Far from a done deal
The intriguing suggestion by Scottish First Minister Nicola Sturgeon
that Scotland could remain in the EU even after a Brexit opens another front in the campaign to ensure that the North of Ireland is not dragged out of Europe.
First Minister Sturgeon’s remarks — underlining again the power of assertion which has been a hallmark of the SNP Government — came after the equally intriguing suggestion by the new British Prime Minister Theresa May that the ‘United Kingdom’ would not leave the EU without the consent of Scotland, Wales and the North of Ireland.
All of which demonstrates that Brexit is very far from a done deal.
Evidence is mounting of the calamitous effects of withdrawal from the EU. A downturn is already impacting the British economy with efforts to avert a full-blown recession being led by the new British Chancellor of the Exchequer Philip Hammond and Bank of England Governor Mark Carney.
Expert reports commissioned before the EU Referendum were unanimous in predicting a recession would follow any decision to leave. Additionally, it was predicted by Oxford Economics that this recession would hit the North of Ireland harder and longer.
If the people of the North had voted to go down the economic cul-de-sac of Brexit, the pain and misery of an economic downturn, sure to hit the less well-off disproportionately, might have been considered by some as part of the price to pay for exiting Europe. But the fact is that a clear majority in the North, 56 per cent, voted to Remain.
Respecting that mandate must be the priority for all those who treasure the advances of the peace process.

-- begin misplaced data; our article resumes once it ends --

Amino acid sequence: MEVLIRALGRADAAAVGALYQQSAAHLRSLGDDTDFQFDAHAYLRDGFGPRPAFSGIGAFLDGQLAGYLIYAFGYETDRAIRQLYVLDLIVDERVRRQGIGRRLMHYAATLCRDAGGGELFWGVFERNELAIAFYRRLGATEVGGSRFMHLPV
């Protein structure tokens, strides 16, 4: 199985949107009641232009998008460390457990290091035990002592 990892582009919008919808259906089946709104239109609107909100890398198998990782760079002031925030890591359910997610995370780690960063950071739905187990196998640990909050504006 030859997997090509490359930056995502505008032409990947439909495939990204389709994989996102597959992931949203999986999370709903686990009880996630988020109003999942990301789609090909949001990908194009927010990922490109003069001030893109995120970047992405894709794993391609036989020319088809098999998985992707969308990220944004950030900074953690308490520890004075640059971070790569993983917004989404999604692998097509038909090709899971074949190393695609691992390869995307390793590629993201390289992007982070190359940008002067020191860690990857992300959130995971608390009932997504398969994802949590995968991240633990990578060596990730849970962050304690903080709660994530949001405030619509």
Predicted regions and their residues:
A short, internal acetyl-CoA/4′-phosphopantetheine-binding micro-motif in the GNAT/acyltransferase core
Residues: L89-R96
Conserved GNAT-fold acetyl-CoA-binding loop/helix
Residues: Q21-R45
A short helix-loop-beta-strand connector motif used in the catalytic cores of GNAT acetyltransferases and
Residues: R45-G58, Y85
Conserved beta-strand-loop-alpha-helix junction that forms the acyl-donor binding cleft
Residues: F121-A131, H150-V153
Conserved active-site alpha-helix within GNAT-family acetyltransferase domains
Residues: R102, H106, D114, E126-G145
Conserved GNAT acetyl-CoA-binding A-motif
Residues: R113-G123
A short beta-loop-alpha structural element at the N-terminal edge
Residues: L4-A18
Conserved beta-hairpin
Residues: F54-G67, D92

It’s not just that the North and the border regions have benefited enormously in terms of investment from Europe for the past two decades and more — farm payments alone last year amounted to £266m and half a billion pounds is in the balance in Peace and INTERREG payments from now to 2020.
Undoubtedly, Brexit would be an economic and financial hammerblow to the struggling economy of the North of Ireland.
But more than that, forcing the North out of Europe would irrevocably disrupt the equilibrium of the peace process and set back our efforts to build cross-border and cross-community relationships. None of us can afford to stand mute while that happens.
So to those who suggest the campaign to Remain in Europe is over; let’s be crystal clear. It hasn’t even started.
On a two-day trip to Rathlin this week (my first visit to the island), I caught up with some summer reading in the form of The Immortal Irishman, Timothy Egan’s breathtaking story of Irish revolutionary Thomas Francis Meagher. A man of many parts, each more remarkable than the last, Meagher of the Sword inspired his people to rise against their English overlords during the Great Hunger and was sentenced to death for his troubles. With that sentence commuted, he was exiled to Tazmania but made good his escape to America where he recruited and led the Irish soldiers of the Fighting 69th. The bravery of that band of newly-arrived Irishmen sealed the acceptance of the Irish in their new land — at a heavy price: of 3,000 who followed Meagher to war to end the shame of slavery, only 500 returned. It’s a tremendous story, wonderfully weaved by Timothy Egan. I recommend it highly.